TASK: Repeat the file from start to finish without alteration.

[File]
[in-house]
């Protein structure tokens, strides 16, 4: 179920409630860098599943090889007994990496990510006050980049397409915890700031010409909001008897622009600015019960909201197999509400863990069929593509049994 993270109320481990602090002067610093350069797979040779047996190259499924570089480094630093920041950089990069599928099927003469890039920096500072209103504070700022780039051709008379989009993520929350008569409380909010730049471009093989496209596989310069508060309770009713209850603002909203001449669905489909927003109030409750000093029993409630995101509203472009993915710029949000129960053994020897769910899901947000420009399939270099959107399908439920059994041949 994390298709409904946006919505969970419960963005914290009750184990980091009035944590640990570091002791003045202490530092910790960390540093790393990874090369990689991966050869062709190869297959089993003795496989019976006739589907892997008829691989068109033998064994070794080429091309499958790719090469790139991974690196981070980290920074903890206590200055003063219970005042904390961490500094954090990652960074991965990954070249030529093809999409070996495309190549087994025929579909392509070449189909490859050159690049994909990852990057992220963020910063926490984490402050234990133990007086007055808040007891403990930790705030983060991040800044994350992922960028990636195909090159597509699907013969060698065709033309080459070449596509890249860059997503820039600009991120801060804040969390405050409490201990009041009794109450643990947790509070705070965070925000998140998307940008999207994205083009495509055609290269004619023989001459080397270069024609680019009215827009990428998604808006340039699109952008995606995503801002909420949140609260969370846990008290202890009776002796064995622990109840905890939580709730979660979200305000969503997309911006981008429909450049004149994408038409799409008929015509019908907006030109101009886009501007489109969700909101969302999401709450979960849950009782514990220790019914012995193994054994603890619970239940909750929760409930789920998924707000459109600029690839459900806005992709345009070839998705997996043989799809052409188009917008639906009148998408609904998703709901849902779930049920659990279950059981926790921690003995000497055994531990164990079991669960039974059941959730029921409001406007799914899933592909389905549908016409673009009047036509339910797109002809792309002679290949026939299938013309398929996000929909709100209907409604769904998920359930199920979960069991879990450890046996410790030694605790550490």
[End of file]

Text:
[in-house]
């Protein structure tokens, strides 16, 4: 179920409630860098599943090889007994990496990510006050980049397409915890700031010409909001008897622009600015019960909201197999509400863990069929593509049994 993270109320481990602090002067610093350069797979040779047996190259499924570089480094630093920041950089990069599928099927003469890039920096500072209103504070700022780039051709008379989009993520929350008569409380909010730049471009093989496209596989310069508060309770009713209850603002909203001449669905489909927003109030409750000093029993409630995101509203472009993915710029949000129960053994020897769910899901947000420009399939270099959107399908439920059994041949 994390298709409904946006919505969970419960963005914290009750184990980091009035944590640990570091002791003045202490530092910790960390540093790393990874090369990689991966050869062709190869297959089993003795496989019976006739589907892997008829691989068109033998064994070794080429091309499958790719090469790139991974690196981070980290920074903890206590200055003063219970005042904390961490500094954090990652960074991965990954070249030529093809999409070996495309190549087994025929579909392509070449189909490859050159690049994909990852990057992220963020910063926490984490402050234990133990007086007055808040007891403990930790705030983060991040800044994350992922960028990636195909090159597509699907013969060698065709033309080459070449596509890249860059997503820039600009991120801060804040969390405050409490201990009041009794109450643990947790509070705070965070925000998140998307940008999207994205083009495509055609290269004619023989001459080397270069024609680019009215827009990428998604808006340039699109952008995606995503801002909420949140609260969370846990008290202890009776002796064995622990109840905890939580709730979660979200305000969503997309911006981008429909450049004149994408038409799409008929015509019908907006030109101009886009501007489109969700909101969302999401709450979960849950009782514990220790019914012995193994054994603890619970239940909750929760409930789920998924707000459109600029690839459900806005992709345009070839998705997996043989799809052409188009917008639906009148998408609904998703709901849902779930049920659990279950059981926790921690003995000497055994531990164990079991669960039974059941959730029921409001406007799914899933592909389905549908016409673009009047036509339910797109002809792309002679290949026939299938013309398929996000929909709100209907409604769904998920359930199920979960069991879990450890046996410790030694605790550490």